Smoking Ears and Screaming Teeth: A Celebration of Scientific Eccentricity and Self-Experimentation

Pegasus Books
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A witty celebration of the great eccentrics who have performed dangerous scientific experiments on themselves for the benefit of humankind.

Many scientists have followed the advice of the great Victorian doctor Jack Haldane to “never experiment on an animal if a man will do” and “never ask anyone to do anything you wouldn’t do yourself.” He and his father inhaled poisonous gasses to test the efficacy of the prototype gas mask they had invented. When breathing gasses under pressure he suffered the smoking ears and screaming teeth of the title.

The stories in Norton’s new book are astonishing, disturbing or absurd. The zoologist Frank Buckland made a concentrated effort to widen the nation’s diet by personally testing everything that crossed his path, from boiled elephant’s trunk to slug soup. Some medics deliberately contracted deadly blood diseases in the hope of finding cures. Then there was the surgeon who was fired and subsequently won the Nobel Prize for thrusting a catheter into his own beating heart.

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About the author

Trevor Norton is an emeritus professor at the University of Liverpool, having retired from the Chair of Marine Biology. He has published widely on ecological topics. His much acclaimed books include Stars Beneath the Sea; Reflections on a Summer Sea; Under Water to Get Out of the Rain; and Smoking Ears and Screaming Teeth.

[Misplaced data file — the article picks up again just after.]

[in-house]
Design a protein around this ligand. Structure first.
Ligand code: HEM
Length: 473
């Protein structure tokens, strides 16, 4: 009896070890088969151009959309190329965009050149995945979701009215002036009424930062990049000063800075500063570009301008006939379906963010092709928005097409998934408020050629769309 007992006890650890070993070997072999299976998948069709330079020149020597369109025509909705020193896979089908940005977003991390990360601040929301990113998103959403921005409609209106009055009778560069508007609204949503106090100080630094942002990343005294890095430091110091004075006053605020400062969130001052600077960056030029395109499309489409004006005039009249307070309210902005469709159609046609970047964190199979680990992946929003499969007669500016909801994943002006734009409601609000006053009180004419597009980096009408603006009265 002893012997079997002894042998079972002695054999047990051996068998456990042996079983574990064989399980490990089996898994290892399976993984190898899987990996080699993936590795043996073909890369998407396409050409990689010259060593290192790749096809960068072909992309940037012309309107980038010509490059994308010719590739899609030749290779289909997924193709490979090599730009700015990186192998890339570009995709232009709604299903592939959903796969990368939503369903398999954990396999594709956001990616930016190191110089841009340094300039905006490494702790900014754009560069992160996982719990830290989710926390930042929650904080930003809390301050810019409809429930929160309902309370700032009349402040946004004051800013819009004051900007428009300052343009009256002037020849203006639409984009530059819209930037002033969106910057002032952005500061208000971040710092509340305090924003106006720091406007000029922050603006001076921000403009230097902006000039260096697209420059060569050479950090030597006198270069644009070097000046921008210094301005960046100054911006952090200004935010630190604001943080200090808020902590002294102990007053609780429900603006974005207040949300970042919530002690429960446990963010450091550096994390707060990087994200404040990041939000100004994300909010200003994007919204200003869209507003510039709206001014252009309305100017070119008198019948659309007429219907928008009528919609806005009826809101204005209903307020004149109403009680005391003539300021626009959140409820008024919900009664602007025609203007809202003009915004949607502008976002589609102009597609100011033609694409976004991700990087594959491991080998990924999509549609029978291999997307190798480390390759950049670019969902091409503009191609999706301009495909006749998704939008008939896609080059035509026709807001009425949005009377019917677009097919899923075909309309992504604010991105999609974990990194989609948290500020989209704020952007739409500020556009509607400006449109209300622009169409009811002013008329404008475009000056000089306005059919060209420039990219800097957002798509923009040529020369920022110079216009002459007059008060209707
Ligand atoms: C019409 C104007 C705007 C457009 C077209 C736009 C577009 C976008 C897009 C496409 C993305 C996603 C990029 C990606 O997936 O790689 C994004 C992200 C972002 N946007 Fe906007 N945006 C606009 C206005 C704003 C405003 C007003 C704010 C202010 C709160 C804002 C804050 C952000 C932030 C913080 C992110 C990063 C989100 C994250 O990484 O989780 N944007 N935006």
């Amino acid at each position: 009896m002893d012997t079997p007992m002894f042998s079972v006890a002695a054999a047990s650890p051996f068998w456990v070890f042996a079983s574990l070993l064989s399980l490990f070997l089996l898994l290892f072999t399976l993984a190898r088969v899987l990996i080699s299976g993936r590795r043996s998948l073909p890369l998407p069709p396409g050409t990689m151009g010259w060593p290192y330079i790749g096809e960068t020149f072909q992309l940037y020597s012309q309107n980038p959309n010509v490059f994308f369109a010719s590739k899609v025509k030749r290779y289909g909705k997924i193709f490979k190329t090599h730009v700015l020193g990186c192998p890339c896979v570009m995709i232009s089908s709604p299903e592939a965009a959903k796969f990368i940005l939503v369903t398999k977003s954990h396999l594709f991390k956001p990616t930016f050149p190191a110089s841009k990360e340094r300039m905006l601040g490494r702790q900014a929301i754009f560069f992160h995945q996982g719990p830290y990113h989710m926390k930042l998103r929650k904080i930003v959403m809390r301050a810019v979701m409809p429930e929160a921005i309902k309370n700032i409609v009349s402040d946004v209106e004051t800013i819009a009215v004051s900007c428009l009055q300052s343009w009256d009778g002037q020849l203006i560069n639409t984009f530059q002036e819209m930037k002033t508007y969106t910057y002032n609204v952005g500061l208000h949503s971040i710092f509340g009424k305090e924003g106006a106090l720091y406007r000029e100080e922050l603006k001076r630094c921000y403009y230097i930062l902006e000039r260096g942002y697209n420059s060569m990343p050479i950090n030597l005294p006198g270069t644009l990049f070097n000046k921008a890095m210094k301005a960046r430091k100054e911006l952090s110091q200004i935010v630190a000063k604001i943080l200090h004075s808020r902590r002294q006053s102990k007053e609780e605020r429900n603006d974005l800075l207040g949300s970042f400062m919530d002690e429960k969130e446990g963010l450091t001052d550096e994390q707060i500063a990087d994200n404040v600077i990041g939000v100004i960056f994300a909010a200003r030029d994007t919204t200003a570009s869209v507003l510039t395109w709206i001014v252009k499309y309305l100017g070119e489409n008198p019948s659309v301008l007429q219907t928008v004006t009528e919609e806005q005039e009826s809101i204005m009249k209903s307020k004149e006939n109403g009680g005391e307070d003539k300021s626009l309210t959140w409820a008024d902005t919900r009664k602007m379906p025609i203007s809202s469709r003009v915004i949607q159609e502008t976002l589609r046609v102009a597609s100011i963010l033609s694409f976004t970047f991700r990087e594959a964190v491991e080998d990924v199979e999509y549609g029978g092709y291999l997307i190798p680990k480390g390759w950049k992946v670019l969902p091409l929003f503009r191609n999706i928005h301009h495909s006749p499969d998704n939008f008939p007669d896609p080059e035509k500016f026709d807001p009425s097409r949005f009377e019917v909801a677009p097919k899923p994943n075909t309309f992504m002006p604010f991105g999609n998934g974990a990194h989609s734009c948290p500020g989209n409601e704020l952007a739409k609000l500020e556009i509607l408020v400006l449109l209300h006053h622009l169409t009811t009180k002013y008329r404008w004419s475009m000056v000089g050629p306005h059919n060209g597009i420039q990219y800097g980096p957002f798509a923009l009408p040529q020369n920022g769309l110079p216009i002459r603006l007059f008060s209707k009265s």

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Additional Information

Publisher
Pegasus Books
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Published on
Sep 27, 2012
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Pages
400
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ISBN
9781605988504
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Language
English
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Genres
Science / Experiments & Projects
Science / General
Science / History
Science / Life Sciences / General
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Content Protection
This content is DRM protected.
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Read Aloud
Available on Android devices
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Eligible for Family Library

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Of all the inventions of the nineteenth century, the scientist is one of the most striking. In revolutionary France the science student, taught by men active in research, was born; and a generation later, the graduate student doing a PhD emerged in Germany. In 1833 the word 'scientist' was coined; forty years later science (increasingly specialised) was a becoming a profession. Men of science rivalled clerics and critics as sages; they were honoured as national treasures, and buried in state funerals. Their new ideas invigorated the life of the mind. Peripatetic congresses, great exhibitions, museums, technical colleges and laboratories blossomed; and new industries based on chemistry and electricity brought prosperity and power, economic and military. Eighteenth-century steam engines preceded understanding of the physics underlying them; but electric telegraphs and motors were applied science, based upon painstaking interpretation of nature. The ideas, discoveries and inventions of scientists transformed the world: lives were longer and healthier, cities and empires grew, societies became urban rather than agrarian, the local became global. And by the opening years of the twentieth century, science was spreading beyond Europe and North America, and women were beginning to be visible in the ranks of scientists.

Bringing together the people, events, and discoveries of this exciting period into a lively narrative, this book will be essential reading both for students of the history of science and for anyone interested in the foundations of the world as we know it today.